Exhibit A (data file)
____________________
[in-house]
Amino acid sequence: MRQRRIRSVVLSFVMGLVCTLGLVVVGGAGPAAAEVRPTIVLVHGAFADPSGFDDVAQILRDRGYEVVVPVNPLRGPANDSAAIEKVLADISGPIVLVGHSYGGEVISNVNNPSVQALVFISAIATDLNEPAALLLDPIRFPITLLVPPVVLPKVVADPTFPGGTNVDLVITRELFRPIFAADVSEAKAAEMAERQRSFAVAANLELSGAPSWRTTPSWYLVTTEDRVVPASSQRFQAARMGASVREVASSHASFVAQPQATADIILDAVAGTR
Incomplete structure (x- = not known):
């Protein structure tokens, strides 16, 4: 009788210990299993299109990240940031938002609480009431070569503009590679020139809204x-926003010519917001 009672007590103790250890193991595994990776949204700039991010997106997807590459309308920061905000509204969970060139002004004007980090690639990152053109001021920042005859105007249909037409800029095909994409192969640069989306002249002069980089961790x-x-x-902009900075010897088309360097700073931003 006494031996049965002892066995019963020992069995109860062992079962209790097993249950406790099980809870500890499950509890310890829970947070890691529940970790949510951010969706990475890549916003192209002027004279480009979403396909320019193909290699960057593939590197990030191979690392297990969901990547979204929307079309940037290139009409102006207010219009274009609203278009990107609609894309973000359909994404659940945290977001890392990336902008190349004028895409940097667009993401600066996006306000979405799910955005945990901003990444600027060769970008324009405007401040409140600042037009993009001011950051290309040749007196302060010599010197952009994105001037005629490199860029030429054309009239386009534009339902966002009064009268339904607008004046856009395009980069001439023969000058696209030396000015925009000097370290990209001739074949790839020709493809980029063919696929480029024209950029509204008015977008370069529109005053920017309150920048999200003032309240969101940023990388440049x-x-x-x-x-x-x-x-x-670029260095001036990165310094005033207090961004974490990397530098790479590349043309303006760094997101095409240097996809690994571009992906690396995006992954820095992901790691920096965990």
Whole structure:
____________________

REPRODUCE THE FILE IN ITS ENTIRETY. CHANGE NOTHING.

[in-house]
Amino acid sequence: MRQRRIRSVVLSFVMGLVCTLGLVVVGGAGPAAAEVRPTIVLVHGAFADPSGFDDVAQILRDRGYEVVVPVNPLRGPANDSAAIEKVLADISGPIVLVGHSYGGEVISNVNNPSVQALVFISAIATDLNEPAALLLDPIRFPITLLVPPVVLPKVVADPTFPGGTNVDLVITRELFRPIFAADVSEAKAAEMAERQRSFAVAANLELSGAPSWRTTPSWYLVTTEDRVVPASSQRFQAARMGASVREVASSHASFVAQPQATADIILDAVAGTR
Incomplete structure (x- = not known):
């Protein structure tokens, strides 16, 4: 009788210990299993299109990240940031938002609480009431070569503009590679020139809204x-926003010519917001 009672007590103790250890193991595994990776949204700039991010997106997807590459309308920061905000509204969970060139002004004007980090690639990152053109001021920042005859105007249909037409800029095909994409192969640069989306002249002069980089961790x-x-x-902009900075010897088309360097700073931003 006494031996049965002892066995019963020992069995109860062992079962209790097993249950406790099980809870500890499950509890310890829970947070890691529940970790949510951010969706990475890549916003192209002027004279480009979403396909320019193909290699960057593939590197990030191979690392297990969901990547979204929307079309940037290139009409102006207010219009274009609203278009990107609609894309973000359909994404659940945290977001890392990336902008190349004028895409940097667009993401600066996006306000979405799910955005945990901003990444600027060769970008324009405007401040409140600042037009993009001011950051290309040749007196302060010599010197952009994105001037005629490199860029030429054309009239386009534009339902966002009064009268339904607008004046856009395009980069001439023969000058696209030396000015925009000097370290990209001739074949790839020709493809980029063919696929480029024209950029509204008015977008370069529109005053920017309150920048999200003032309240969101940023990388440049x-x-x-x-x-x-x-x-x-670029260095001036990165310094005033207090961004974490990397530098790479590349043309303006760094997101095409240097996809690994571009992906690396995006992954820095992901790691920096965990």
Whole structure: